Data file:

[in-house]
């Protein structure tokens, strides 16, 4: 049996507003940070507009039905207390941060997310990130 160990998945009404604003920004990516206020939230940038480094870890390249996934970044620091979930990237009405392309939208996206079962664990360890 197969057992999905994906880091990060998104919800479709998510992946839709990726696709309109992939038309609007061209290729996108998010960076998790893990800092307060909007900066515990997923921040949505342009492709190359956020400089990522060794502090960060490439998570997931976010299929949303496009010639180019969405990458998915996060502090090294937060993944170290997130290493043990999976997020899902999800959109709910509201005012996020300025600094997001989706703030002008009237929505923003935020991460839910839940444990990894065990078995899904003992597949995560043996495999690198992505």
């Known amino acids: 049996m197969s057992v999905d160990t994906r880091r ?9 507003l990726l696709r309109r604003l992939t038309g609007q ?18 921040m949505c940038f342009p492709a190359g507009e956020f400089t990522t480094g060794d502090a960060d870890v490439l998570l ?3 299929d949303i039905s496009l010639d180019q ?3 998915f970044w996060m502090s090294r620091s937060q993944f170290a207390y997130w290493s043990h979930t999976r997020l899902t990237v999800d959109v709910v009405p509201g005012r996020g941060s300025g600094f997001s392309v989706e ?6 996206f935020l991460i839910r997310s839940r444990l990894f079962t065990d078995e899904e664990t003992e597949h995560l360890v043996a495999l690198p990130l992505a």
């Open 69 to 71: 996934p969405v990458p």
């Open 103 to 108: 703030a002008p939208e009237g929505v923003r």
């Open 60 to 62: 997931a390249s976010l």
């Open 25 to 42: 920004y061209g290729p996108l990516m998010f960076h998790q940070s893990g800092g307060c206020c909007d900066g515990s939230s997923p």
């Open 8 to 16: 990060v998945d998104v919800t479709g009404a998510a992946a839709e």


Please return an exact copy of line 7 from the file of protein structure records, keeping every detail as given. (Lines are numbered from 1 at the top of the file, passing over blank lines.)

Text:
């Open 25 to 42: 920004y061209g290729p996108l990516m998010f960076h998790q940070s893990g800092g307060c206020c909007d900066g515990s939230s997923p």